University of Bremen: New insights into Huntington’s disease

Huntington’s disease is an inherited disease that leads to cognitive and motor impairment and death. Scientists from the University of Bremen and international partners have elucidated the mechanism by which the mutated huntingtin protein can be kept in check.
“We have elucidated a mechanism with which so-called endogenous protein folding helpers keep the mutant huntingtin protein in check,” explains project manager and professor Janine Kirstein from the University of Bremen. Protein folding facilitators allow proteins to assume and maintain their proper structure to perform their multiple functions. The researchers already knew three of the protein folding assistants. But what they didn’t know yet: How does the binding with the mutated huntingtin look likeprotein exactly? Which of the three folding helpers does the mutated protein recognize and how does the binding work? “We have now been able to identify this using the crosslinking mass spectrometry method,” says the biochemist. Protein interactions can be precisely determined with the method. However, there was still a long way to go to understand the bond. “It was only through modeling that we were able to better understand the interaction between protein folding helpers and mutated huntingtin.”

Research success through practiced interdisciplinarity
The success of these new findings is lived interdisciplinarity: “The fact that we were able to obtain our results so precisely was mainly due to the very good cooperation between the departments of biology/chemistry and production engineering at the University of Bremen,” says Janine Kirstein We need researchers for our project who can support us in our experimental laboratory work with computer-aided models.” Janine Kirstein’s doctoral student Yasmin Richter found the necessary engineering expertise in her former fellow student of the Biochemistry & Molecular Biology master’s program , Isabell Grothaus. Isabell Grothaus is doing her PhD in the group of Dr. Susan Koppen and Professor Lucio Colombi Ciacchi. This is how the two young scientists created a cooperation between the two departments. “The engineers simulated the binding between the protein folding helpers and the mutated huntingtin protein on the computer for us, and we were then able to experimentally validate the models in our laboratory with purified proteins and in cell cultures,” explains Janine Kirstein.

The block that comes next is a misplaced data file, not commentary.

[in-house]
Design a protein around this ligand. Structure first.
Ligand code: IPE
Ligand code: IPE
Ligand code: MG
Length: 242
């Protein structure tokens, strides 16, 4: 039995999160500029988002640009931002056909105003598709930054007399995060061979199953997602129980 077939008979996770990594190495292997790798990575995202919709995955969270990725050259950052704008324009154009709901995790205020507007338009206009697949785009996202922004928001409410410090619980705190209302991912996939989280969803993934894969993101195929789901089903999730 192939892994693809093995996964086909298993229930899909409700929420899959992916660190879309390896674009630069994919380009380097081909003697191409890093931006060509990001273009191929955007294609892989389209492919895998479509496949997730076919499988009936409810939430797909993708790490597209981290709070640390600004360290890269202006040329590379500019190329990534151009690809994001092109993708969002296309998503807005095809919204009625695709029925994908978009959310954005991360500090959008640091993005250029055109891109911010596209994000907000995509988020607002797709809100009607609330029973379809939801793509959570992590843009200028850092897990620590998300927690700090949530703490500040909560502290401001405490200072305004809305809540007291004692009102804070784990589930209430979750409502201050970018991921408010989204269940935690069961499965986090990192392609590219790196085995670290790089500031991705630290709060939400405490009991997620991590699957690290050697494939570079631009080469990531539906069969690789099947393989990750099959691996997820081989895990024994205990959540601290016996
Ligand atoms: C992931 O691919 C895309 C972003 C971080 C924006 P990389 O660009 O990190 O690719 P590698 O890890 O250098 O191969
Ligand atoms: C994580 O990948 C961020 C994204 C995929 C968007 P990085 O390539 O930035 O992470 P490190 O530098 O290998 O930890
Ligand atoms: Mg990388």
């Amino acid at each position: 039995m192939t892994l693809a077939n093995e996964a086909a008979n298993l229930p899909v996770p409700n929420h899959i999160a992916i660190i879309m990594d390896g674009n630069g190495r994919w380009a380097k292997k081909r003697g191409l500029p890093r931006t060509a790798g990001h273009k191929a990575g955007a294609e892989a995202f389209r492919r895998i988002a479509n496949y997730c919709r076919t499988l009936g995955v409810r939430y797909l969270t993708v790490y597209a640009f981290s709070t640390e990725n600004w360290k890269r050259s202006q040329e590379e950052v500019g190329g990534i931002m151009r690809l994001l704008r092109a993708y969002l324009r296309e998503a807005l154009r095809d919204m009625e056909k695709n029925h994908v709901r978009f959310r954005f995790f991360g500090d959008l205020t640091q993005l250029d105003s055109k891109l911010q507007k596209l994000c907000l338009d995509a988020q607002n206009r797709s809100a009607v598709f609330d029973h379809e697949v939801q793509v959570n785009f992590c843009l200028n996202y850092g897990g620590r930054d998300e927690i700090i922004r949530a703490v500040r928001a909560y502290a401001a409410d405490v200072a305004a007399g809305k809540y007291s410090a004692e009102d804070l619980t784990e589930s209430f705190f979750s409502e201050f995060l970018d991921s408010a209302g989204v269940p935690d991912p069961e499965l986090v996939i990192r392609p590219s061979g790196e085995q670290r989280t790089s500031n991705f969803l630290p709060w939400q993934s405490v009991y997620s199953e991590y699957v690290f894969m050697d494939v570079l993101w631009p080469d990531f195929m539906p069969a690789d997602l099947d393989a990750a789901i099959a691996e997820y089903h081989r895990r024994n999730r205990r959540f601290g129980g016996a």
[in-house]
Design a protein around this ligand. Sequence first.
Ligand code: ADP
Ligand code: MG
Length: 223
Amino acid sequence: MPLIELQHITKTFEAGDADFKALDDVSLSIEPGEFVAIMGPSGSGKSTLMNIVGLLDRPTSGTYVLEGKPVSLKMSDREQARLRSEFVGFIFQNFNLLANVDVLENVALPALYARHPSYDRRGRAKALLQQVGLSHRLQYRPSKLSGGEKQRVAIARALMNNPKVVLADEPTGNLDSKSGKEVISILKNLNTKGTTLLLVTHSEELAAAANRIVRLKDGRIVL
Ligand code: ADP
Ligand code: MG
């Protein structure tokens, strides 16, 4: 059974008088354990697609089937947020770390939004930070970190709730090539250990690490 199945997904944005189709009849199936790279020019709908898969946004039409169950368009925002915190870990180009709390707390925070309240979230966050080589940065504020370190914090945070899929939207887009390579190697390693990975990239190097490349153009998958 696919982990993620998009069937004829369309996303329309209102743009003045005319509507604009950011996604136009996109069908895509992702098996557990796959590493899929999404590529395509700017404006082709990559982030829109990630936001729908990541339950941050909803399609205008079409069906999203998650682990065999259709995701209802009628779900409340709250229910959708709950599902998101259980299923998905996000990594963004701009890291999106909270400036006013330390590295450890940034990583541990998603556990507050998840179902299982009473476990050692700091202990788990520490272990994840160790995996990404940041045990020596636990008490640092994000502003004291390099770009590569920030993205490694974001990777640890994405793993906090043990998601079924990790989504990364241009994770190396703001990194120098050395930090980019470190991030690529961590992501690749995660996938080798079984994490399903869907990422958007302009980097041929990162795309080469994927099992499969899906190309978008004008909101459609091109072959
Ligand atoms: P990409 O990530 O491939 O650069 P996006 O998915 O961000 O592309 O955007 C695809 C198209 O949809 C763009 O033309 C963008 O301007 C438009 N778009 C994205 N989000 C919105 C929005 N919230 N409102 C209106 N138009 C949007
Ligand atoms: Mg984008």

Another hurdle was the previously unknown structure of the mutated huntingtin protein. The cooperation partners Martin Kulke and Josh Vermaas from Michigan State University in the USA were able to help out here, postulating a structure with which the modeling could be carried out on the computer. Another important cooperation partner was Fan Liu for the mass spectrometric experiments at the Leibniz Research Institute for Molecular Pharmacology in Berlin, where Janine Kirstein was a research group leader until 2019 before she was appointed to the University of Bremen.

Build on the research results
“With this work, we have succeeded in understanding the mechanism by which a protein folding helper selectively recognizes a mutated disease-associated protein and renders it harmless. This alone is not sufficient for therapeutic use,” says Janine Kirstein. “But you can build on these results and develop strategies to specifically induce or stabilize these endogenous folding helpers in order to suppress the toxicity of mutant huntingtin .”

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